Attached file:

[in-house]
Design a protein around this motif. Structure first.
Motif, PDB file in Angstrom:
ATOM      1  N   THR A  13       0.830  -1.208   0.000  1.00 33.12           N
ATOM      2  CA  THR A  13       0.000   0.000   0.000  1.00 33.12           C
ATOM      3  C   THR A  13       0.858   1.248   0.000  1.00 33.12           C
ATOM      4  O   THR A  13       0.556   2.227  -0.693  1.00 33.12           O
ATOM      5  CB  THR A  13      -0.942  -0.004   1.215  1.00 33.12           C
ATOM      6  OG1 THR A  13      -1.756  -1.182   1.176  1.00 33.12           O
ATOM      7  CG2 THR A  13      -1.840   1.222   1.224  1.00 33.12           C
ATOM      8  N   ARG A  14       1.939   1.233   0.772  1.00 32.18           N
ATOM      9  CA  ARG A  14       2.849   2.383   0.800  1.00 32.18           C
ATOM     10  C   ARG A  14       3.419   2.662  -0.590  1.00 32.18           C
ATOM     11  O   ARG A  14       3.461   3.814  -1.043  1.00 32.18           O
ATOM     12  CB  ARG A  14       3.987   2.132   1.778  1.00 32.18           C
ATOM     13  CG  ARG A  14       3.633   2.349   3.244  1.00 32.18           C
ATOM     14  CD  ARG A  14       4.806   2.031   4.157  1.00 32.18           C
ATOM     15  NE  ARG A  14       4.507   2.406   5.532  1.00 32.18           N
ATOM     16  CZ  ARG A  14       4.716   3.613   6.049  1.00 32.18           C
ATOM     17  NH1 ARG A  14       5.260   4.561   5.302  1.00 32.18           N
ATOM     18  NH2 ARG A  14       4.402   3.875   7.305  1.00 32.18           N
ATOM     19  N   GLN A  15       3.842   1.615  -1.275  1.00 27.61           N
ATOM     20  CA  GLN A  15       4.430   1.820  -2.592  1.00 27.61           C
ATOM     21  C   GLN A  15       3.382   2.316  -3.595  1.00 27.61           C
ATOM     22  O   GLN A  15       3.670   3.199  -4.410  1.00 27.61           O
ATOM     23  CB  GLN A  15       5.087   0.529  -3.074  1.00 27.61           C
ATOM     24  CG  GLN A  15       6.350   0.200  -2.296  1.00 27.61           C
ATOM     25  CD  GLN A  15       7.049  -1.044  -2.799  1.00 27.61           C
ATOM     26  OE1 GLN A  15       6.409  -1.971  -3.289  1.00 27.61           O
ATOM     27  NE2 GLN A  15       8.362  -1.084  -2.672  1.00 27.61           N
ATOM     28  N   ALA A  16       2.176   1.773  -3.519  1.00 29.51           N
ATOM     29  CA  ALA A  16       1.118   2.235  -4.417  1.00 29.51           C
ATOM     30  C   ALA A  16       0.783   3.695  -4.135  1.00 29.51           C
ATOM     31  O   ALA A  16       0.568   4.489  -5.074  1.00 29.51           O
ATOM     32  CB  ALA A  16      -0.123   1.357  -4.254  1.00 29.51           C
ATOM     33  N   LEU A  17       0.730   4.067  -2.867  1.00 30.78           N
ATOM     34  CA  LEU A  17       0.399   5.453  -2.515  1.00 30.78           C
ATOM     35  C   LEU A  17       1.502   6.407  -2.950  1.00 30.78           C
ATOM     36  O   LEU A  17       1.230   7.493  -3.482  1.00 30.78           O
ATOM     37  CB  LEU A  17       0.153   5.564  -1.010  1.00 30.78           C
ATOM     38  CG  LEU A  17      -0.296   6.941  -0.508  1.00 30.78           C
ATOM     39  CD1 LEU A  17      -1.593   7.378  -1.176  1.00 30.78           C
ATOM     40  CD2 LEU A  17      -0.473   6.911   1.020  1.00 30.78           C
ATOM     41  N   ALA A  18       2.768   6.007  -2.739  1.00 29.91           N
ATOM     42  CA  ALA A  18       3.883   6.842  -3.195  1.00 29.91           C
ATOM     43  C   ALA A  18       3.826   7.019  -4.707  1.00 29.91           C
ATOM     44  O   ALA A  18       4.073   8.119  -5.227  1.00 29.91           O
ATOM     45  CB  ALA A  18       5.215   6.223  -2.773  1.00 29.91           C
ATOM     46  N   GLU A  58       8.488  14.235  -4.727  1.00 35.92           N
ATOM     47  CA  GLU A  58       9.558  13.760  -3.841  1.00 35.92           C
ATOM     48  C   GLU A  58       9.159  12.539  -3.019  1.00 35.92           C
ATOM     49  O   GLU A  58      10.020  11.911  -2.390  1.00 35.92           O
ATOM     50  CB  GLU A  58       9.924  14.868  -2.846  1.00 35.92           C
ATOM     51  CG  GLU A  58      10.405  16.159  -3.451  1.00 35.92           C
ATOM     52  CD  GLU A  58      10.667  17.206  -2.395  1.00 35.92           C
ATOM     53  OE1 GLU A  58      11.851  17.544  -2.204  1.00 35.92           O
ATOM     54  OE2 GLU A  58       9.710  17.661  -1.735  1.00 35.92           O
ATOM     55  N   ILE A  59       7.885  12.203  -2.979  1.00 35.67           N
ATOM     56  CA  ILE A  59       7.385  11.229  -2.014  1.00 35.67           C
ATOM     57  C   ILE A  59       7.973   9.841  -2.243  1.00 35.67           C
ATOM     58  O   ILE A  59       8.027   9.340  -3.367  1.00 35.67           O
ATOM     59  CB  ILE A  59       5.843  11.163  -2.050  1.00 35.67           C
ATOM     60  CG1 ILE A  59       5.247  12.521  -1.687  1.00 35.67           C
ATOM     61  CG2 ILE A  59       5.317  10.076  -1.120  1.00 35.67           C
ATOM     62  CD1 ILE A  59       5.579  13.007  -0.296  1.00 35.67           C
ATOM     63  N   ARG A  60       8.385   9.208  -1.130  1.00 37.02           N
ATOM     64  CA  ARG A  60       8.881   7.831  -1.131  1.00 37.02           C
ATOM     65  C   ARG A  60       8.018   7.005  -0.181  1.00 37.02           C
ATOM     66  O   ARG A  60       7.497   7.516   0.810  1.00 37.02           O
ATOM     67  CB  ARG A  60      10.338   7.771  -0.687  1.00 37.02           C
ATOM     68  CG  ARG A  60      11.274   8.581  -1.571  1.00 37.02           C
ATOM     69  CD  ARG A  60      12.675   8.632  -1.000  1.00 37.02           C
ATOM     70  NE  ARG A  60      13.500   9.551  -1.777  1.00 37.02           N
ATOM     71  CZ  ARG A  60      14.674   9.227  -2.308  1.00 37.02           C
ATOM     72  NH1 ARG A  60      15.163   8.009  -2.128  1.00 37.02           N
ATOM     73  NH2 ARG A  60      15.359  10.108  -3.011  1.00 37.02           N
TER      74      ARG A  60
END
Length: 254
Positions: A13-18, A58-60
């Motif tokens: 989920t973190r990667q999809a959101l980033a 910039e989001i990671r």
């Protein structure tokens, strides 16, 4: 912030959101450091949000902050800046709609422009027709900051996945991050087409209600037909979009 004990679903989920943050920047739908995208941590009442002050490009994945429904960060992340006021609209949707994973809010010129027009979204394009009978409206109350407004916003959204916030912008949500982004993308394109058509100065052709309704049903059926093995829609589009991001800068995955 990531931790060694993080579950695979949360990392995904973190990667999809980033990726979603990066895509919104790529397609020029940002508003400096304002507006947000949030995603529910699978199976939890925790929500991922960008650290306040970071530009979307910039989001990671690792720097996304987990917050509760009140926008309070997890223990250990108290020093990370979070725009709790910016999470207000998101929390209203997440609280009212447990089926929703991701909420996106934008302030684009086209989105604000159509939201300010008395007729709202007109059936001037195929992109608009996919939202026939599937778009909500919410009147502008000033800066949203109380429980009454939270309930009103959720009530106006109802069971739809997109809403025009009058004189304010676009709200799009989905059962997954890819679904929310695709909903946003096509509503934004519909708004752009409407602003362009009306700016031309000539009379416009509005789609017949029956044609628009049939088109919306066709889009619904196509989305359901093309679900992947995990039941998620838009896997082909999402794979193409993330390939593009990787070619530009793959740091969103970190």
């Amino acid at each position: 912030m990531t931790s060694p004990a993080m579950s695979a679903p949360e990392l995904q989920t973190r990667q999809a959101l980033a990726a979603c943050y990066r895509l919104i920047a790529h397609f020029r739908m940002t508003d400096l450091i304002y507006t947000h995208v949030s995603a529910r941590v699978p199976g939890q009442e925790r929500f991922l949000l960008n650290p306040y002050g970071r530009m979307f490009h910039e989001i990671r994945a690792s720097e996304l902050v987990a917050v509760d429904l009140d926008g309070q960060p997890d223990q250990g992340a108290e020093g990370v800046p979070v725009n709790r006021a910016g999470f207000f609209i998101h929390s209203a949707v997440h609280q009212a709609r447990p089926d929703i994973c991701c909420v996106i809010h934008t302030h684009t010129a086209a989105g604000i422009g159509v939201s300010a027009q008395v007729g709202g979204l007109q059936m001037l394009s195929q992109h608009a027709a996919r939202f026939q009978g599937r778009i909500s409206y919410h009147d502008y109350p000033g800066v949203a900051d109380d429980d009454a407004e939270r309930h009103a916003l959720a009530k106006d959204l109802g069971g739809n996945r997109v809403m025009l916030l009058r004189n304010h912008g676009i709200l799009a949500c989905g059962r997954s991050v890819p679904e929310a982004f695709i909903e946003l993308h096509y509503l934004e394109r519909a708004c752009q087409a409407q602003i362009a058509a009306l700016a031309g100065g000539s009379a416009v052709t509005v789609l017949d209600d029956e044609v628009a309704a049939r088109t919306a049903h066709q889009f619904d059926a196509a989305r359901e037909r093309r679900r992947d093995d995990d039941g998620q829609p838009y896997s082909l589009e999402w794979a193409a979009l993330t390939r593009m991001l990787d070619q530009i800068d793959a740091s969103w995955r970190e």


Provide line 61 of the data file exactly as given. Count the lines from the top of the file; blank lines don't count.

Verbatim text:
ATOM     58  O   ILE A  59       8.027   9.340  -3.367  1.00 35.67           O